INDIANAPOLIS, IN – For the first time, the U.S. Food and Drug Administration is allowing marketing of an HbA1c test specifically for diagnosing diabetes.
Approval was given for the Cobas Integra 800 Tina-quant HbA1cDx assay (Tina-quant HbA1cDx assay), manufactured by Roche, for the diagnosis of diabetes by healthcare professionals.
Other HbA1c tests on the market are FDA-cleared for monitoring a patient’s blood glucose control but not for diagnosing the disease.
While healthcare providers already have been using some A1c tests to diagnose diabetes in addition to the established diagnostic procedures of a fasting blood glucose test and an oral glucose tolerance test, those assays were not specifically designed for diabetes diagnosis, and their accuracy has not established for diagnosis purposes, according to the FDA.
“As the Tina-quant HbA1cDx assay was designed for diabetes diagnosis and has been reviewed by the FDA, physicians can have confidence that this test is reasonably safe and effective when used for its intended purposes of monitoring and diagnosing diabetes,” said Alberto Gutierrez, PhD, director of the Office of In Vitro Diagnostics and Radiological Devices at FDA’s Center for Devices and Radiological Health.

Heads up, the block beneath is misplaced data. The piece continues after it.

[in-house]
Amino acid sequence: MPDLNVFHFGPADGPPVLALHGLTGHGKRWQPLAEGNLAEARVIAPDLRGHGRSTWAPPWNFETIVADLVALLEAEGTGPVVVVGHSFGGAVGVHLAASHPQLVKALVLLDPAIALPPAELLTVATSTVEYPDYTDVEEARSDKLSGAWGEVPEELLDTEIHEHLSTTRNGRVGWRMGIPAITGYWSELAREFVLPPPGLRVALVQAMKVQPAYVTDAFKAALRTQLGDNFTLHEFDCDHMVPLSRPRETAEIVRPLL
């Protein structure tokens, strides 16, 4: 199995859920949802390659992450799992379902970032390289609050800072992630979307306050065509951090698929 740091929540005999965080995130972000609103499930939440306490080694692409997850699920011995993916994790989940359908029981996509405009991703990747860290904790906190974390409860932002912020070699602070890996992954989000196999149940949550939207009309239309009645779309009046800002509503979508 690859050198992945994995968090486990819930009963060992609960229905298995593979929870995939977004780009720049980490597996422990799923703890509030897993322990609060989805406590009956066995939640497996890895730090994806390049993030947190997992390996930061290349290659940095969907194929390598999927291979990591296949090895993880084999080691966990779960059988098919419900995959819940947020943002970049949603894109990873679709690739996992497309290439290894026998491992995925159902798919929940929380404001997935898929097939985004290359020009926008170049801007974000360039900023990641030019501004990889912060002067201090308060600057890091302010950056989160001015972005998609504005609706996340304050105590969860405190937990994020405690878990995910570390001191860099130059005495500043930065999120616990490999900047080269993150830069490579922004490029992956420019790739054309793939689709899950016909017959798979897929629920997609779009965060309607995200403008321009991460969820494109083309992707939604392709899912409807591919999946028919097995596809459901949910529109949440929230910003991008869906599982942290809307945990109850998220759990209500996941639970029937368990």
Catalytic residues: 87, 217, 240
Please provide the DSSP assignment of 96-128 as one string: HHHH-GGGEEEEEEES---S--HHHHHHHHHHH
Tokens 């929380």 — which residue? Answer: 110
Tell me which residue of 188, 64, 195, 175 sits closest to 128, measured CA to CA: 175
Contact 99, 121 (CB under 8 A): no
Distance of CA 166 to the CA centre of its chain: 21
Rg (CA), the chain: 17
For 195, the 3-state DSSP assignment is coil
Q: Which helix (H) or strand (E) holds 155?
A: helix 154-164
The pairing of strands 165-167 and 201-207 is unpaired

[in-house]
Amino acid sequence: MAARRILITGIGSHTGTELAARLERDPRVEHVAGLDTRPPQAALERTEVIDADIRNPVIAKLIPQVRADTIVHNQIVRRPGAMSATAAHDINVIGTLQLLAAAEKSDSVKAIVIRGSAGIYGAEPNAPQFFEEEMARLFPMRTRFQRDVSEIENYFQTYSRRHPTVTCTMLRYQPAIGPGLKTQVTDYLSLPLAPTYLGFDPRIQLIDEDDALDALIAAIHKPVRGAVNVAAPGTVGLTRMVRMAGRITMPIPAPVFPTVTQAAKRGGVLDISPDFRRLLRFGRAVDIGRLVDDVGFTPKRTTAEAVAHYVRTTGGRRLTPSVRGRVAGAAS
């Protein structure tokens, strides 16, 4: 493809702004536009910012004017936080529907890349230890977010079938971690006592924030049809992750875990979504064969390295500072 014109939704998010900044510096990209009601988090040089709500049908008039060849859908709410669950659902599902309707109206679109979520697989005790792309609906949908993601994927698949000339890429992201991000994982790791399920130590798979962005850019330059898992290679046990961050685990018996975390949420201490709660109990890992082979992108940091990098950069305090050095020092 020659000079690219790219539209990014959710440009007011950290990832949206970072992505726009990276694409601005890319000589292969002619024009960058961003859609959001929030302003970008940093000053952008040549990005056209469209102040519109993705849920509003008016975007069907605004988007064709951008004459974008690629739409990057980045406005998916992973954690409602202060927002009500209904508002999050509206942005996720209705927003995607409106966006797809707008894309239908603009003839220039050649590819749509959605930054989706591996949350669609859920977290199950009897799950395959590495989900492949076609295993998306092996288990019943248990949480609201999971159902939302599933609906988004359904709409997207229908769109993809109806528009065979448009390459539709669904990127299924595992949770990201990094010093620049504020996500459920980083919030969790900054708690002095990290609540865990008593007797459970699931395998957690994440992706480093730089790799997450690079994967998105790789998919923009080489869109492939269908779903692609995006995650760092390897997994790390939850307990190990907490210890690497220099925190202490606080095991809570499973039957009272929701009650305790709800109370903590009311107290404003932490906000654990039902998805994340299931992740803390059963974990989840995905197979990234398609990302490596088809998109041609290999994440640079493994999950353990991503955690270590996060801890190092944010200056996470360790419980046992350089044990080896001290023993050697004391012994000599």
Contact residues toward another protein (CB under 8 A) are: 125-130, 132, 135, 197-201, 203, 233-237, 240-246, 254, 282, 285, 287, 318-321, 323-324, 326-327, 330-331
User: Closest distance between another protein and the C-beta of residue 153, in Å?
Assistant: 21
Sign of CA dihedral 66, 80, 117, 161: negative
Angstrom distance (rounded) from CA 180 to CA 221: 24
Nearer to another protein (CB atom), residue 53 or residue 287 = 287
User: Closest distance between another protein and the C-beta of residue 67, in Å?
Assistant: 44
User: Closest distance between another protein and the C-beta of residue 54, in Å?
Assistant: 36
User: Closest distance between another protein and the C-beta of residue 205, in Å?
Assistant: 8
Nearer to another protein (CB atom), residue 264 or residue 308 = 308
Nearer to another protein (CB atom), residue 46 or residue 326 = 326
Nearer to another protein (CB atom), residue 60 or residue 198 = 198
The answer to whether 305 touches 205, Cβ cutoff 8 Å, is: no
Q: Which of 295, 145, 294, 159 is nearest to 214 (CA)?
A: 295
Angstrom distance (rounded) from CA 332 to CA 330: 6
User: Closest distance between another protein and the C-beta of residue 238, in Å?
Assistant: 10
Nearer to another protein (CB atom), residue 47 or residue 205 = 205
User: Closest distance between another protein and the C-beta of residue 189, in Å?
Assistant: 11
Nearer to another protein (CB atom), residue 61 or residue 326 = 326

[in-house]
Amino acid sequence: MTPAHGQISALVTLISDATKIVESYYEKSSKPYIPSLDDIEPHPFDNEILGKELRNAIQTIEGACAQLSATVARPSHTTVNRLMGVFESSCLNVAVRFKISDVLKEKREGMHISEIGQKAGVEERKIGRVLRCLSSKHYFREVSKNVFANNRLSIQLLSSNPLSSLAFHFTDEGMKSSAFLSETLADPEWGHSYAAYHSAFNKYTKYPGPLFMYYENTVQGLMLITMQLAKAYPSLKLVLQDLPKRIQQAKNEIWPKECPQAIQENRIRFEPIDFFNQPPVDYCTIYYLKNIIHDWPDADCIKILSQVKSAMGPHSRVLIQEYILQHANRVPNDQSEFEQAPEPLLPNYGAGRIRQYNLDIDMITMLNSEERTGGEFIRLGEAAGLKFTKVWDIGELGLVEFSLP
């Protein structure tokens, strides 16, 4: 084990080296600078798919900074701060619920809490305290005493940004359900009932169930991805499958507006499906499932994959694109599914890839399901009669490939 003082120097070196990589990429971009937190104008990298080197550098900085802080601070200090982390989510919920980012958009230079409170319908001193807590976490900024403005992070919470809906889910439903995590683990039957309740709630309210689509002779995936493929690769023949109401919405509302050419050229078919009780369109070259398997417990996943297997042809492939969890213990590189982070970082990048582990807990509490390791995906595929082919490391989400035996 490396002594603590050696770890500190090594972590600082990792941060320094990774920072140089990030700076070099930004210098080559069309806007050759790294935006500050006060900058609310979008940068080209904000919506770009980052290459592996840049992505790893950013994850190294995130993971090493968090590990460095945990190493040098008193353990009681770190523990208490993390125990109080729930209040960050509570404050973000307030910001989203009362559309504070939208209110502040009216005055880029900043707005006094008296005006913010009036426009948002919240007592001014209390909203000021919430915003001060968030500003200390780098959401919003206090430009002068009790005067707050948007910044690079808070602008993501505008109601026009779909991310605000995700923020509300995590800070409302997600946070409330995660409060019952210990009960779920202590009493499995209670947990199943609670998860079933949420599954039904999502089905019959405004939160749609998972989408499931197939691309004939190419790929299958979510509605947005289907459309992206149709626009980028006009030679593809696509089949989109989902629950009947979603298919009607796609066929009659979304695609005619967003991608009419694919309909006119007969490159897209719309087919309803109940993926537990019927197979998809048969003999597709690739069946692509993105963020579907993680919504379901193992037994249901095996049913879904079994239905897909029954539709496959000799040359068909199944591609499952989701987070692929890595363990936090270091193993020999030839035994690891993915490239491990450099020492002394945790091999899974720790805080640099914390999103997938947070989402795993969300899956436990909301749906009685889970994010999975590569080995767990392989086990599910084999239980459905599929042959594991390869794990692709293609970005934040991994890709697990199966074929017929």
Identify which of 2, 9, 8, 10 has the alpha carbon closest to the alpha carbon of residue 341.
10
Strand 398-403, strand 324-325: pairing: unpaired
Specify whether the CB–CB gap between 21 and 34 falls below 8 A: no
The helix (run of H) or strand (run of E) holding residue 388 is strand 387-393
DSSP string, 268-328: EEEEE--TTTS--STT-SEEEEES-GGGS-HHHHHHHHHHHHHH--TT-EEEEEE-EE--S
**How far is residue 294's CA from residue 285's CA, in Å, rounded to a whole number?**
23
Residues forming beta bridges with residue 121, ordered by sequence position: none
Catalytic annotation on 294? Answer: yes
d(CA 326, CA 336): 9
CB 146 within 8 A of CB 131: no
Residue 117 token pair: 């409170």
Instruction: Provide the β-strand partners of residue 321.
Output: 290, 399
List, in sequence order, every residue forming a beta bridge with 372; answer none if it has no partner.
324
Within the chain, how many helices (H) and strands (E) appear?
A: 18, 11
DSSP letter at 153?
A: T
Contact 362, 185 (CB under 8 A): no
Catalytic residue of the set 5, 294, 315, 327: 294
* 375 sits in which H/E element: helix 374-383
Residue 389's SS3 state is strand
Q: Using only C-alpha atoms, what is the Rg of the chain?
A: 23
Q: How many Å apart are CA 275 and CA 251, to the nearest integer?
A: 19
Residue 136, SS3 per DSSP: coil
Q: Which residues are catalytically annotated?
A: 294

In studies leading to the product’s approval, investigators analyzed 141 blood samples and found less than 6% difference in the accuracy of test results from the Tina-quant HbA1cDx assay compared with results from the standard reference for hemoglobin analysis.
The FDA cautioned that hemoglobin A1c tests, including the Tina-quant HbA1cDx assay, should not be used to diagnose diabetes during pregnancy and should not be used to monitor diabetes in patients with hemoglobinopathy, hereditary spherocytosis, malignancies or severe chronic, hepatic and renal disease. The test also should not be used to diagnose or monitor diabetes in patients with the hemoglobin variant hemoglobin F.